Also in 1977, Olivia released the compilation album Lesbian Concentrate in response to Anita Bryant's anti-gay crusade. Two Trull performances were included on the LP: "Prove It On Me Blues" (composed by Gertrude "Ma" Rainey) and "Woman-Loving Women" (composed by Trull).

Olivia released a second Trull LP in 1980 titled Let It Be Known. This album also contains overtly lesbian and feminist lyrics ("There's A Light" and "Every Woman"), but the musical styles are funk, jazz, and pop.[14] Guest musicians included some well-known artists from within the women's music community, such as Julie Homi, Linda Tillery, Ellen Seeling and Jean Fineberg from the group Deuce, as well as mainstream artists such as Sheila E. on drums and percussion.

The LP generated some controversy within the lesbian-feminist community because two of the songs were co-written by Trull and a man, Ray Obiedo. Prior to this LP, all Olivia recordings were completely women-only projects, including artists, composers, and technicians. The LP's cover was criticized by some because Trull was wearing make-up in the photograph[15] and there were accusations that Olivia intentionally put sexually-oriented subliminal messages on the cover of the LP. The criticism of Let It Be Known from within the lesbian community contributed to the resignation of the Olivia staffer who was the graphic designer of the cover.[16] The recording was also criticized by some for being too commercial in its sound, with one reviewer going so far as to call it a "dull collection of every slick disco cliché."[15]

But Let It Be Known was also credited with expanding Olivia's audience.[15] It received positive reviews in some major newspapers, including the Boston Globe which described it as "delightful" and "an upbeat LP that approaches those hackneyed themes of love and sisterhood with a fresh underpinning of gospel, funk, and jazz."[17]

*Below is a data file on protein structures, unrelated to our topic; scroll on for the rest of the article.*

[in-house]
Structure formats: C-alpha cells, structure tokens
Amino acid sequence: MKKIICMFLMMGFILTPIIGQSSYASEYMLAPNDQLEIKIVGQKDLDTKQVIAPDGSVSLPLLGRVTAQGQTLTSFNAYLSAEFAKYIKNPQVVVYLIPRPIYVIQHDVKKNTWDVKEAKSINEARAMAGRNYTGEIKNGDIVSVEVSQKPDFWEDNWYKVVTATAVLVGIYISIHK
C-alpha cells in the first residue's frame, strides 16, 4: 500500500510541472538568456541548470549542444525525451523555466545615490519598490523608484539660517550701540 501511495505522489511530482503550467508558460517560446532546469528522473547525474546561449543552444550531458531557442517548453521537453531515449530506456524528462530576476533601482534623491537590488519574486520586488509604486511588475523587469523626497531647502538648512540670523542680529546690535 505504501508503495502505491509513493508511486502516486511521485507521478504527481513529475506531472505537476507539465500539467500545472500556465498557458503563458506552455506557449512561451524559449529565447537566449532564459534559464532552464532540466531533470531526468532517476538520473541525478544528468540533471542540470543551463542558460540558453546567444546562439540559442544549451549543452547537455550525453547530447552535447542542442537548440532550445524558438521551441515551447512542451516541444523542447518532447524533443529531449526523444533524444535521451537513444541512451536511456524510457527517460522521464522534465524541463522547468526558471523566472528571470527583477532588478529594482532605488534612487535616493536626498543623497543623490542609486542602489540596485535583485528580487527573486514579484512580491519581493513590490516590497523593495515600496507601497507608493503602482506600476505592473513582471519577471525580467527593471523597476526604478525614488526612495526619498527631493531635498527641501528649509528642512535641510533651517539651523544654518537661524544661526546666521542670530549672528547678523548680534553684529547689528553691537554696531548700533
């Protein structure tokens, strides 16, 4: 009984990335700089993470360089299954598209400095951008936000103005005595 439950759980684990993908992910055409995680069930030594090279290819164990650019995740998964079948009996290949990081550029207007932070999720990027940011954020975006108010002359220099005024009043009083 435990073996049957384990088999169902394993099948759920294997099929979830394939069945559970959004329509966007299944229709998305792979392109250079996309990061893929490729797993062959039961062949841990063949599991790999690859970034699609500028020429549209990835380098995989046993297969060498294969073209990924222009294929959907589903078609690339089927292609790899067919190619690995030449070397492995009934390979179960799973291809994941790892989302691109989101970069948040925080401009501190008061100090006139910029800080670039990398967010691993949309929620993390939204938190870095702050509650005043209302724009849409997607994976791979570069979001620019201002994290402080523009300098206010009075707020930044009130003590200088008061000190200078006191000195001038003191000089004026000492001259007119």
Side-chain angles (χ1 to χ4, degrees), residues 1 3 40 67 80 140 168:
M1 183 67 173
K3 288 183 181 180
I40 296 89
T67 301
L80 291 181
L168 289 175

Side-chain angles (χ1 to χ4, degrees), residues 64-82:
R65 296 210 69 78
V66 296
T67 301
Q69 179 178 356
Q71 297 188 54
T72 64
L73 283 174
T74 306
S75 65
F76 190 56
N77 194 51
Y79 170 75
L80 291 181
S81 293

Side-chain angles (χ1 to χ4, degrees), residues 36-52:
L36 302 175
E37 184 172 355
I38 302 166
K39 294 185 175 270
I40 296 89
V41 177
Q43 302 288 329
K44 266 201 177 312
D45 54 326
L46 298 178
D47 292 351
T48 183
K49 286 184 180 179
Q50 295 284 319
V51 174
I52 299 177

Years later, Trull reflected on the lessons she learned working on Let It Be Known. The intention of the LP was to produce it with all women, but to make it more technically viable than previous Olivia recordings. She described the recording as a "total financial bomb" and a "big nightmare"[18] to make, because of the desire to use women musicians who may not have the studio experience to give the producer what they want in an efficient manner, which increased the costs of the recording process. While Trull did not produce Let It Be Known, she remembered the experiences later in her career when she was responsible for the finances of other recordings.[18]

During the late 1970's and early 1980's, Trull frequently toured with jazz pianist Julie Homi. One Canadian concert reviewer wrote: "Singer Teresa Trull and pianist Julie Homi both showed the type of talent that should have them all over the record charts and gossip mags, but because they have chosen to work entirely in the world of 'women's music,' they generally play in front of dedicated cults only."[19]

Trull left the Olivia collective around 1981, citing a "difference in philosophy."[4] She was a budding producer and wanted Olivia's recordings to be of high technicianship, and she was willing to work with men. At the time, Olivia president Judy Dlugacz wanted to continue to depend on the markets the company had always used and to remain separatist.[4] Even though she resigned her administrative position with Olivia, Trull continued to record with the company's subsidiary label, Second Wave Records.

Redwood Records[edit]